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We may have become an urban Nation, but we remain an agricultural land. Nearly 70 percent of the United States, exclusive of Alaska, is held in private ownership by millions of individuals. Fifty percent of the United States, 907 million acres, is cropland, pastureland, and rangeland owned and managed by farmers and ranchers and their families. The responsibility for the stewardship of this land lies in the hands of about 4.7 million individuals. This means that 50 percent of the United States is in the hands of less than 2 percent of our citizens.
We rely on these fellow citizens and neighbors to produce the food and fiber we need, and they are exceedingly good at doing so. Today, each acre of cropland produces nearly three times what was produced on the same acre in 1935. This dramatic productivity increase has made food prices lower for Americans than they are for citizens of any other industrial country. It has also allowed the United States to become the world's largest agricultural exporter. This is extremely important to our farmers, since exports account for 20 percent to 30 percent of their income.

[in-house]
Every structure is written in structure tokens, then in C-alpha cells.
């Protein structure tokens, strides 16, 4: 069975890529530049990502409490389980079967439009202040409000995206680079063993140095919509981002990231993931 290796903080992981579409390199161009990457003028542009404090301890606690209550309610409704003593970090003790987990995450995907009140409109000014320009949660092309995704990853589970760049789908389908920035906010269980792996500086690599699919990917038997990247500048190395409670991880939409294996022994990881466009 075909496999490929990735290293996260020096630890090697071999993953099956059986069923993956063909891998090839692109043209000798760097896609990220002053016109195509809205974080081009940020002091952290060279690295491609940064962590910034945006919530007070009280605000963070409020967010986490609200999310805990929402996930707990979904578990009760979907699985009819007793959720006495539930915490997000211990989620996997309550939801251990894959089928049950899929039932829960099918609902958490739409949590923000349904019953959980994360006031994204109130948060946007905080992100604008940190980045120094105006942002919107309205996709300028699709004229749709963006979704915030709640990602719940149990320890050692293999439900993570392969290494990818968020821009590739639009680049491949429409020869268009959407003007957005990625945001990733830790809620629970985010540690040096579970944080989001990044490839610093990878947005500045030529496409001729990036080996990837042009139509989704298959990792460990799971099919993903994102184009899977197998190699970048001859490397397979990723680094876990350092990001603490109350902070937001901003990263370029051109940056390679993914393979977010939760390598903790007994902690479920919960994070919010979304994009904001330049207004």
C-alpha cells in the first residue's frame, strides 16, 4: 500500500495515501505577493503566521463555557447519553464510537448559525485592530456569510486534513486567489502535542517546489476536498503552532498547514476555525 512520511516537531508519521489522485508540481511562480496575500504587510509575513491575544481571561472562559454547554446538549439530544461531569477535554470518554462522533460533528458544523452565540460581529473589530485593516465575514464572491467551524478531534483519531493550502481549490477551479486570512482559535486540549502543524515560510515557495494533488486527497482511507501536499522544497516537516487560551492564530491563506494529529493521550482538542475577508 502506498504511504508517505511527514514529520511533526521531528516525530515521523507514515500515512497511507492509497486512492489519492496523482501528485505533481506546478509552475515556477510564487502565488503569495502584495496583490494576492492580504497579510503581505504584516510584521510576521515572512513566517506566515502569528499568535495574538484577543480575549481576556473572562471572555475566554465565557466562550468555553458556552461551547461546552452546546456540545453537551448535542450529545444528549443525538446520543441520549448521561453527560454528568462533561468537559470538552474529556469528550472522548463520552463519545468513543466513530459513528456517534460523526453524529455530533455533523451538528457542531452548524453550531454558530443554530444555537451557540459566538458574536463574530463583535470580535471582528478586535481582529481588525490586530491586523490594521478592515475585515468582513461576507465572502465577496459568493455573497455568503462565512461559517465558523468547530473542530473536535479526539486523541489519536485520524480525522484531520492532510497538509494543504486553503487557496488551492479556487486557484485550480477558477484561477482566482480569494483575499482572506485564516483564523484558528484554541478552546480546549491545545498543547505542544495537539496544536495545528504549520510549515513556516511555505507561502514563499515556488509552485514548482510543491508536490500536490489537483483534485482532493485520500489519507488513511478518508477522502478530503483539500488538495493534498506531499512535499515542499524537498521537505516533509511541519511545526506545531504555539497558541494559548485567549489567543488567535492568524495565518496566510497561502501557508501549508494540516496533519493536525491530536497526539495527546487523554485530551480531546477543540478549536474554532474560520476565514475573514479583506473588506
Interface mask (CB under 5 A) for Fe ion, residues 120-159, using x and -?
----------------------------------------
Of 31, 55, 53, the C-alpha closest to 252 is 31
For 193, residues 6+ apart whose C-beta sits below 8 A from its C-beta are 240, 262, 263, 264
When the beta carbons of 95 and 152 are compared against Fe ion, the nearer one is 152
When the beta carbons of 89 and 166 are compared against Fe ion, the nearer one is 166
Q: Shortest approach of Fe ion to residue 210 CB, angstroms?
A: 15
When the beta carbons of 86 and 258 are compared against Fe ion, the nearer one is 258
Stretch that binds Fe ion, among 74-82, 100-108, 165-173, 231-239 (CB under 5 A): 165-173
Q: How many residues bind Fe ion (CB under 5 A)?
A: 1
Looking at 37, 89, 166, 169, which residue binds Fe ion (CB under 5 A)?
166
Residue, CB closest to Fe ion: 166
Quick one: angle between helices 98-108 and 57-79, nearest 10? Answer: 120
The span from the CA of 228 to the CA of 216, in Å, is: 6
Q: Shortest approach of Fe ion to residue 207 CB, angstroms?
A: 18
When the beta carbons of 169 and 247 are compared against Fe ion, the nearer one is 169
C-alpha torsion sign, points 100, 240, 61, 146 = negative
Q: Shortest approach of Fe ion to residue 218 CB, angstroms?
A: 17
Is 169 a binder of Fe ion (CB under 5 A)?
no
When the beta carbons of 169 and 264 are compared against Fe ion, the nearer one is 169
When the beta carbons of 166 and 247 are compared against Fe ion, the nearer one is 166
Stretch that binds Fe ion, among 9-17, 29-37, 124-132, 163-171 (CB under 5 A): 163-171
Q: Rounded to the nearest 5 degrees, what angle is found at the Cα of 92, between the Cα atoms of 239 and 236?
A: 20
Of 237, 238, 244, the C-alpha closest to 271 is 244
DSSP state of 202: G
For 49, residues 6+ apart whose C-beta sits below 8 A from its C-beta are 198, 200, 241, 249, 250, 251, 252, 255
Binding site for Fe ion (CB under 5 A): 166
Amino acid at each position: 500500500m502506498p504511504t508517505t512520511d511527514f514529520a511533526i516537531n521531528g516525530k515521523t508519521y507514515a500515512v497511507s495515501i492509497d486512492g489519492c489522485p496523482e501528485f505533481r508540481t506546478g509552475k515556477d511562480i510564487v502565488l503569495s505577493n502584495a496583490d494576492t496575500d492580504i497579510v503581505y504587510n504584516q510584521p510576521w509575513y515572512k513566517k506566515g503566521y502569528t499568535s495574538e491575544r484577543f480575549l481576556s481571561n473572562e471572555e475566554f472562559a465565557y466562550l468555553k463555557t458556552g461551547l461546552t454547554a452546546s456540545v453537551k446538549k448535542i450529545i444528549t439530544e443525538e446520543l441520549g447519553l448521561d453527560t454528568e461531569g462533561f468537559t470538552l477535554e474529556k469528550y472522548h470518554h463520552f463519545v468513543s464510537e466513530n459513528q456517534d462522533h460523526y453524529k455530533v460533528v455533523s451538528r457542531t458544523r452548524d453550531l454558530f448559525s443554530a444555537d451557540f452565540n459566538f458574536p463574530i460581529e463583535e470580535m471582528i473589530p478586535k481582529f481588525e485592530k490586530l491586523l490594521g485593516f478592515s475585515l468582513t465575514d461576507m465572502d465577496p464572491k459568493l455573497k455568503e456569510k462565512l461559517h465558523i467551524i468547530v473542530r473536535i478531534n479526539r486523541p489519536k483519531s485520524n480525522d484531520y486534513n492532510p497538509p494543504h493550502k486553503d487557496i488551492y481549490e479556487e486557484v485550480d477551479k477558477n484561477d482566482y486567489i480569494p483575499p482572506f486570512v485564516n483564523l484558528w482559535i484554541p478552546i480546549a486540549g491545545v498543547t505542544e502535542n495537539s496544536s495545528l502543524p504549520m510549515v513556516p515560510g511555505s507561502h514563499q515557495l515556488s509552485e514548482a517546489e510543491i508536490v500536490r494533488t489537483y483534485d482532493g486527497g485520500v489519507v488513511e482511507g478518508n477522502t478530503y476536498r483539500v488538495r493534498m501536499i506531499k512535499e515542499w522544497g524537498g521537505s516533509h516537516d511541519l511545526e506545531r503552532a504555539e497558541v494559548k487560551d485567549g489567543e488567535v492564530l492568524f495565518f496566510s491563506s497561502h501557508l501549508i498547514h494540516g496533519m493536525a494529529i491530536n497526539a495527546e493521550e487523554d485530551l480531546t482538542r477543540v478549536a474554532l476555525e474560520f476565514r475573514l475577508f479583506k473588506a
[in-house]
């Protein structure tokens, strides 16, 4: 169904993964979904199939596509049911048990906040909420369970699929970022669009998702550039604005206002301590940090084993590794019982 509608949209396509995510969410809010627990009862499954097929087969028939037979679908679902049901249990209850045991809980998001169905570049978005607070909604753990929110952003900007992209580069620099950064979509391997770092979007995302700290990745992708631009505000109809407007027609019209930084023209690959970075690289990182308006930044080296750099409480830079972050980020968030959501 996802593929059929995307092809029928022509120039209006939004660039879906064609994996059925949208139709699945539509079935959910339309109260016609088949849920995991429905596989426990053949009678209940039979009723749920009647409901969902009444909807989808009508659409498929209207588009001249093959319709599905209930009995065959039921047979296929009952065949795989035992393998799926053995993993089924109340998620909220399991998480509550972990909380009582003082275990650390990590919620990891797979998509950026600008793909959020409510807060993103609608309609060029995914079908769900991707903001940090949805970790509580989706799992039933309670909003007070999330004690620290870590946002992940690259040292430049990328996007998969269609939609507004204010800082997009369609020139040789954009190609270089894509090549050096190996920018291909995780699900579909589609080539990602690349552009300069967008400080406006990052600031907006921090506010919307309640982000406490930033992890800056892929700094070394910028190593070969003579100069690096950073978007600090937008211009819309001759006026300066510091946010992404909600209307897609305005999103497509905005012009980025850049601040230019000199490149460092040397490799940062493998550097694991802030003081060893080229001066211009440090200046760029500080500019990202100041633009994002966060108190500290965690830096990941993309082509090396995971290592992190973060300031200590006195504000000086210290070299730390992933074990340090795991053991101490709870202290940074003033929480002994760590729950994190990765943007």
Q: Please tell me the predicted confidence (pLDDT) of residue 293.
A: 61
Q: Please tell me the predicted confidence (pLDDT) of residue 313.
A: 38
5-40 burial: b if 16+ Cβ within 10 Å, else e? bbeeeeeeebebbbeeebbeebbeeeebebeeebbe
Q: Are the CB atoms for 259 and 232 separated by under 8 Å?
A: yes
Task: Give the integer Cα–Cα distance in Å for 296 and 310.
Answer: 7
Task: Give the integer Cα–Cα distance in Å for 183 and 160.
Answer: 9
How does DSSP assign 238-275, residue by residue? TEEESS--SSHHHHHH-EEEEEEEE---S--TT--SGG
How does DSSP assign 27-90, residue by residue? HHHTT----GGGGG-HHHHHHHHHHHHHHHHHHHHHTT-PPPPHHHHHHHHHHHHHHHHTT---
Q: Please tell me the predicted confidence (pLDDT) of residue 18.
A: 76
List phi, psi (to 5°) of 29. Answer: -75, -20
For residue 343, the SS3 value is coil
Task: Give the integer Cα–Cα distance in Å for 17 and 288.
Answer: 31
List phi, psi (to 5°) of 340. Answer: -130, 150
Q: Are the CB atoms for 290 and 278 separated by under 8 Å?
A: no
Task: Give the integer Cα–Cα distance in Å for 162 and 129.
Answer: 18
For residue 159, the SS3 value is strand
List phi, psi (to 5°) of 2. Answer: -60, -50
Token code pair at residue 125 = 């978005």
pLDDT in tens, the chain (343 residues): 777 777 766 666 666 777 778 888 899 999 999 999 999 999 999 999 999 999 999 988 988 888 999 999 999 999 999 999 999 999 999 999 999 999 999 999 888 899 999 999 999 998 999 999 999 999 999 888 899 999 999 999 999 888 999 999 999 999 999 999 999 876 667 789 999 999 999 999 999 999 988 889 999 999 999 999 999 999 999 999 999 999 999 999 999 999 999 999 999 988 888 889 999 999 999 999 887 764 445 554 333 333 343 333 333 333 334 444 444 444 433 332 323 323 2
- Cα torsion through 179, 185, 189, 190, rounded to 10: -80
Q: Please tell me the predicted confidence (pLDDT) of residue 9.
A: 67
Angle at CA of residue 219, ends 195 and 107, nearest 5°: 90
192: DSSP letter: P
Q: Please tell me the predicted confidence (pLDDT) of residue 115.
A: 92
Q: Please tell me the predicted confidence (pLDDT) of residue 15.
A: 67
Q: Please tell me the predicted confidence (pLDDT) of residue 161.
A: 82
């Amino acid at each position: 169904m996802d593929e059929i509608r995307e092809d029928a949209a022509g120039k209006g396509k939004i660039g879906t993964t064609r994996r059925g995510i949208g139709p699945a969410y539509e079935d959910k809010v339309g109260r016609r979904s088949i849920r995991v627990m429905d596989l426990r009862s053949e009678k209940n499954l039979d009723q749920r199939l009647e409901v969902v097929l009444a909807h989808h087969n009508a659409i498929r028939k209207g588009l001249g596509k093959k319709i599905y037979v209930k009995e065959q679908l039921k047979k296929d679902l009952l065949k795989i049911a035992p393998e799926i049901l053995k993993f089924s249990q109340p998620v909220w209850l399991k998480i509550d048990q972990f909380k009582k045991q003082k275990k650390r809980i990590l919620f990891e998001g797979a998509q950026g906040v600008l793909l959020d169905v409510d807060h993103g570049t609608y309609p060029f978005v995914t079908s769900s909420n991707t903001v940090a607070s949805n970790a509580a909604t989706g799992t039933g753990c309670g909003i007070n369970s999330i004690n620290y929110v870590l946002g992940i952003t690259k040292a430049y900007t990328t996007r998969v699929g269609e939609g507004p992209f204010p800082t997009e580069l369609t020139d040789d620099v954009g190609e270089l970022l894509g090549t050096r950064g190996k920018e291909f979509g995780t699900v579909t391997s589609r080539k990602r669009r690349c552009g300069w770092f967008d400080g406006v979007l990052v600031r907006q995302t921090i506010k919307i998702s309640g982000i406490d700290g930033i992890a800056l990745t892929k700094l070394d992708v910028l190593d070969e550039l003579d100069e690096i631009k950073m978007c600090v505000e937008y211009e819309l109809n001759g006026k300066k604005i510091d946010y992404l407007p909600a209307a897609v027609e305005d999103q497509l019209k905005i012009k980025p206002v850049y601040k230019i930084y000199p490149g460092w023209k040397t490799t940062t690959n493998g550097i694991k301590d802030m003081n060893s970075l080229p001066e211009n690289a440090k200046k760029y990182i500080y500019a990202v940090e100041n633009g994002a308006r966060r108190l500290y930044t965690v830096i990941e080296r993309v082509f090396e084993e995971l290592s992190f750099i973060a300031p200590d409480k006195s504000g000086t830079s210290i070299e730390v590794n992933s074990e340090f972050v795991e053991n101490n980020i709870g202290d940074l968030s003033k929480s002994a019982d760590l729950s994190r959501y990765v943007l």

The agencies of the U.S. Department of Agriculture (USDA) largely administer the Federal programs that support America's farmers, ranchers, and foresters. The USDA was founded by President Abraham Lincoln in 1862 as the "people's department." Back then, 90 percent of the people were farmers.
As in the past, today's farmers, ranchers, and foresters manage the growth of plants and animals for human use. They grow, harvest,and sell crops. They breed livestock or raise dairy animals. They plant and manage forests – large and small. All these pursuits, along with soil cultivation, define agriculture.
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Last modified: Monday, 14-Jan-2013 17:18:04 CST